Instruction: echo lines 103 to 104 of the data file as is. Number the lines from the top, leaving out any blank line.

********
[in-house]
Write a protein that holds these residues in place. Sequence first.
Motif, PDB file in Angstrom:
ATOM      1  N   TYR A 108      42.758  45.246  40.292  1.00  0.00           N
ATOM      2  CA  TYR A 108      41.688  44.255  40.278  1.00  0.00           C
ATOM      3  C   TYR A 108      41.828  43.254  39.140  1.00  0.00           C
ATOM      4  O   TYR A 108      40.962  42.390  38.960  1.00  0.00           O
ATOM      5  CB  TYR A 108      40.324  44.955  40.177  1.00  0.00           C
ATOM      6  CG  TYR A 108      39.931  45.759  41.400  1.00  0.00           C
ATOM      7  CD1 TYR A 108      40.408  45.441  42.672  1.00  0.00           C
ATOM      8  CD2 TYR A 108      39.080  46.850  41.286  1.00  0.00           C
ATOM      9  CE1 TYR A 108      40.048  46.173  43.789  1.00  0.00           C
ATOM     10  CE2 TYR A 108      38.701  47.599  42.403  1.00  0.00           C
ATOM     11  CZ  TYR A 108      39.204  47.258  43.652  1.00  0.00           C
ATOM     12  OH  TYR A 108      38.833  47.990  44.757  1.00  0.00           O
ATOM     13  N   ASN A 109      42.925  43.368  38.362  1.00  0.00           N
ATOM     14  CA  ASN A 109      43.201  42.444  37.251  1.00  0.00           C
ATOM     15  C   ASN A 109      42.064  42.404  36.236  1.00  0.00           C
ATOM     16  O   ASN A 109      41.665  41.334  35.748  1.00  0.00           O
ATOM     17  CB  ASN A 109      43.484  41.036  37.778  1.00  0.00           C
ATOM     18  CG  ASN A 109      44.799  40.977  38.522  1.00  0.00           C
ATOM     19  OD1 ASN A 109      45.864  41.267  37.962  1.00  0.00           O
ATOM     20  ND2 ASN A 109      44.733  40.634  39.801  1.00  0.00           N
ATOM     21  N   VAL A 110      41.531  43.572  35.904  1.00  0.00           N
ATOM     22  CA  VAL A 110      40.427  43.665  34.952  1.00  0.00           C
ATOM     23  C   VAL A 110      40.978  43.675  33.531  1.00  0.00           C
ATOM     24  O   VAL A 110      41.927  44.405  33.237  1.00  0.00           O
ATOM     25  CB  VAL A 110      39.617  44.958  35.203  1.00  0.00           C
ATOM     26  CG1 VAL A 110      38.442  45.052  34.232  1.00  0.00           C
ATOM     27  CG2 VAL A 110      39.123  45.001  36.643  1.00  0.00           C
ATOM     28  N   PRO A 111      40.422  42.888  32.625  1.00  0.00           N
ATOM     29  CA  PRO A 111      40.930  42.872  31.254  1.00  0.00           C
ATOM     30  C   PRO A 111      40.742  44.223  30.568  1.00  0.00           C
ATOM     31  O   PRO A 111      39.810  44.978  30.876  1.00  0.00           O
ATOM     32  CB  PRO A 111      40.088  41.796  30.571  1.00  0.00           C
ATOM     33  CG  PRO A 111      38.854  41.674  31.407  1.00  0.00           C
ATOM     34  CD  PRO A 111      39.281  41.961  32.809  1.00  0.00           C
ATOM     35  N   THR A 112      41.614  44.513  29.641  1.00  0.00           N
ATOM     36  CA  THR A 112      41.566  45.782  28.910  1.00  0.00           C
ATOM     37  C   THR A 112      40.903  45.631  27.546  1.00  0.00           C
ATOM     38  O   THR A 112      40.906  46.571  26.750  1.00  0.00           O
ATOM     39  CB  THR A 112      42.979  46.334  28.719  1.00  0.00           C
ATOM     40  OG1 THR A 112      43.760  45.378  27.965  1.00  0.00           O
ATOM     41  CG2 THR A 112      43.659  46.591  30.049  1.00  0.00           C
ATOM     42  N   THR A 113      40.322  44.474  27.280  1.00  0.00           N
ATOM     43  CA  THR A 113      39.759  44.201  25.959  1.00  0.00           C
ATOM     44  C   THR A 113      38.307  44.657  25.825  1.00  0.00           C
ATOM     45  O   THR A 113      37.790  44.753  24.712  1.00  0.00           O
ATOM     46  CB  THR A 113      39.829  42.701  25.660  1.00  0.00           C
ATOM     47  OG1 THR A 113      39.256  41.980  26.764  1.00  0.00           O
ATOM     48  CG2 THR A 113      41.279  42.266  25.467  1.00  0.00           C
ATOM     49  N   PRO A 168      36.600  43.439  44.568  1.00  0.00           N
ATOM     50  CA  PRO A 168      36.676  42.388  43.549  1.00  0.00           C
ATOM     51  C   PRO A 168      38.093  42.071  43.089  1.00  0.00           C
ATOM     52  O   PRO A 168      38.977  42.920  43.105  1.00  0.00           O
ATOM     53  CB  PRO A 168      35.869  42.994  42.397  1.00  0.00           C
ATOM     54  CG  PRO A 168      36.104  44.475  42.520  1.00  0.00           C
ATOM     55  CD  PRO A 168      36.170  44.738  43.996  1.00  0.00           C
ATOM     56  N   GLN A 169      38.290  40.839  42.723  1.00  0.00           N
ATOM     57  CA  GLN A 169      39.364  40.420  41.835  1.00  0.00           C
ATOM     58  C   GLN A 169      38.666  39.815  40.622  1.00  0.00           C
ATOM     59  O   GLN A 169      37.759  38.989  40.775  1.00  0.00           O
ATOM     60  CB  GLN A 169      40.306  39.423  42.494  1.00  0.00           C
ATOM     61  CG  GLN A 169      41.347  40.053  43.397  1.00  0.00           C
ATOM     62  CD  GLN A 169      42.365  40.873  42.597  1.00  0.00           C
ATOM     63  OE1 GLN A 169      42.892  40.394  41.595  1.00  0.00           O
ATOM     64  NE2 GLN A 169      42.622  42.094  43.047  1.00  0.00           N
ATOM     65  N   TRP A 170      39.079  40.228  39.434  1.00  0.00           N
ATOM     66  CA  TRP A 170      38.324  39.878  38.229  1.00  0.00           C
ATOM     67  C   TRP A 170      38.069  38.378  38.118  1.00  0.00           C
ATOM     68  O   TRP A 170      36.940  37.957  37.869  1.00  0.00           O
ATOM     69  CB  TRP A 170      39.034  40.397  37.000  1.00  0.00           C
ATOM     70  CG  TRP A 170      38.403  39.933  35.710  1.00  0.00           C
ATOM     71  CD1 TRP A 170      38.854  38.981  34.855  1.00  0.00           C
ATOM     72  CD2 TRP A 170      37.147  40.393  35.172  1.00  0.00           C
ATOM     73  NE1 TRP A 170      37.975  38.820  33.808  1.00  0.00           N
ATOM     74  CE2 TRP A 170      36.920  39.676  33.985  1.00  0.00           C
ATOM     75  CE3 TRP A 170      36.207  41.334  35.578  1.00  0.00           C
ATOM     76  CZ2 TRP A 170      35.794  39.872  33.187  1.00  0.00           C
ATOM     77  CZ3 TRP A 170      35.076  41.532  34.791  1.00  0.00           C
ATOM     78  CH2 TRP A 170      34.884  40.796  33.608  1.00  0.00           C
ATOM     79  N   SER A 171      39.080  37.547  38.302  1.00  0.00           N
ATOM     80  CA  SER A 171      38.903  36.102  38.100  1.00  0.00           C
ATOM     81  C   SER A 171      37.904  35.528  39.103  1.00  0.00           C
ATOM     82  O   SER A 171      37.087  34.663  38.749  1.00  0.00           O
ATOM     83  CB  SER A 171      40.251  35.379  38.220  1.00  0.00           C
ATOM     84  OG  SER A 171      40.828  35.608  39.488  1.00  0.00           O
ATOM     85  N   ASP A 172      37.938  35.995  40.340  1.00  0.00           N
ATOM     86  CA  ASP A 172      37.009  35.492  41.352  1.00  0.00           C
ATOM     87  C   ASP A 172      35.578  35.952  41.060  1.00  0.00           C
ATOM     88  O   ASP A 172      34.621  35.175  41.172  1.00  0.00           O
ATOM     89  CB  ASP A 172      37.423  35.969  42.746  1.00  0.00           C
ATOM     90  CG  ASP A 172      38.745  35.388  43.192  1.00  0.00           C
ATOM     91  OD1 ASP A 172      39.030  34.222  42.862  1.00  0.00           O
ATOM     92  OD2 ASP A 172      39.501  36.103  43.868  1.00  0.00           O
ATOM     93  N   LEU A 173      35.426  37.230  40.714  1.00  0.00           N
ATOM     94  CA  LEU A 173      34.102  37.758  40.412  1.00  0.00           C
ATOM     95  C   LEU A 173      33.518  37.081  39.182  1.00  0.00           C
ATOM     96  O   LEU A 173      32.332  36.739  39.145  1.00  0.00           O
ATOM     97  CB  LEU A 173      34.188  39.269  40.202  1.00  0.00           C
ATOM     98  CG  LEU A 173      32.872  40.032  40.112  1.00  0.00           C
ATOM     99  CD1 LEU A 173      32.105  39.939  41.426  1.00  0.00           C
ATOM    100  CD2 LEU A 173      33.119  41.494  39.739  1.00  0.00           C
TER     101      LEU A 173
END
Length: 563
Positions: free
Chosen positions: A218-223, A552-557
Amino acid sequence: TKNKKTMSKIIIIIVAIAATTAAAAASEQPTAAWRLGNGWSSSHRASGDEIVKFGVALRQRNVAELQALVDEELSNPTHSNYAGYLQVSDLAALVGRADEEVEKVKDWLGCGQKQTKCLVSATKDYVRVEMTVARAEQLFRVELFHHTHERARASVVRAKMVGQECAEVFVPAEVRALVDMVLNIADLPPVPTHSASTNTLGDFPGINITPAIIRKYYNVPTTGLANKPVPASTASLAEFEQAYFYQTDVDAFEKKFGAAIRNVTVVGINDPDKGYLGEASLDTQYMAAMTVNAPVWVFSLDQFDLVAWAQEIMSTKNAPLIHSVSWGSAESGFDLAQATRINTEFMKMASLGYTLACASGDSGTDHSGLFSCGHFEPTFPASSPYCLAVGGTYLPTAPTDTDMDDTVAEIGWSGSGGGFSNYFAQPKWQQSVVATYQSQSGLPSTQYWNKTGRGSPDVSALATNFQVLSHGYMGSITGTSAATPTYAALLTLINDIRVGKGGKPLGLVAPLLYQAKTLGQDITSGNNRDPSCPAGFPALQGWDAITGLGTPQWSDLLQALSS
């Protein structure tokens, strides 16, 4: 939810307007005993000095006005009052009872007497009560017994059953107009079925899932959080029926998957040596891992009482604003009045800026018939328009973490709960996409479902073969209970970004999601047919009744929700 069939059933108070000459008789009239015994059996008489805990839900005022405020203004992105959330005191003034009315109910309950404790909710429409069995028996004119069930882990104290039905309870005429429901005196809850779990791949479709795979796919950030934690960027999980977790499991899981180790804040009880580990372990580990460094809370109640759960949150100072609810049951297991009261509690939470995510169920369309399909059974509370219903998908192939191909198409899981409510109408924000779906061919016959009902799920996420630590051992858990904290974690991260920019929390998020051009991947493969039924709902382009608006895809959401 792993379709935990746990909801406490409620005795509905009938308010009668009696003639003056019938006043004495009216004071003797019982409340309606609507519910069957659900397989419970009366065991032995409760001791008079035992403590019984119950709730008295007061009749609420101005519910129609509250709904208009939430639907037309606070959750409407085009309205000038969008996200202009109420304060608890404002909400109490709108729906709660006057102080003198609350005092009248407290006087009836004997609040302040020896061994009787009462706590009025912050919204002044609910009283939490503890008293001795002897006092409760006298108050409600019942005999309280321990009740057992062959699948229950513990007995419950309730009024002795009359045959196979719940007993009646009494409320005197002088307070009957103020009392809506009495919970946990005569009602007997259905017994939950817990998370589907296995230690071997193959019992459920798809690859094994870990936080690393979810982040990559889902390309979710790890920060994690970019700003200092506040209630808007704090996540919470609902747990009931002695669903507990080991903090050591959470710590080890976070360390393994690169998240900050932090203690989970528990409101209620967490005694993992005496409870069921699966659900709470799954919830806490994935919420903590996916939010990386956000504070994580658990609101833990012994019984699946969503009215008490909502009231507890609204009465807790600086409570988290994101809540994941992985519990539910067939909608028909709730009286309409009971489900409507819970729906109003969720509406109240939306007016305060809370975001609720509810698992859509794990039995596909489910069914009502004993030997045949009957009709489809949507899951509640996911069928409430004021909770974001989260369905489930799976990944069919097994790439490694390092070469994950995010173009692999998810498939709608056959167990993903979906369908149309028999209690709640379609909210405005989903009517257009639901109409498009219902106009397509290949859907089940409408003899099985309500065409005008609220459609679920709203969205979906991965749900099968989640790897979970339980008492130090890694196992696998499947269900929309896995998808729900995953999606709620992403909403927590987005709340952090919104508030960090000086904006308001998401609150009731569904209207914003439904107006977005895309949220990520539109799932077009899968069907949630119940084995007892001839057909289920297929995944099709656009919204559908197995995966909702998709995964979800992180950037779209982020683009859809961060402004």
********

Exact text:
ATOM    100  CD2 LEU A 173      33.119  41.494  39.739  1.00  0.00           C
TER     101      LEU A 173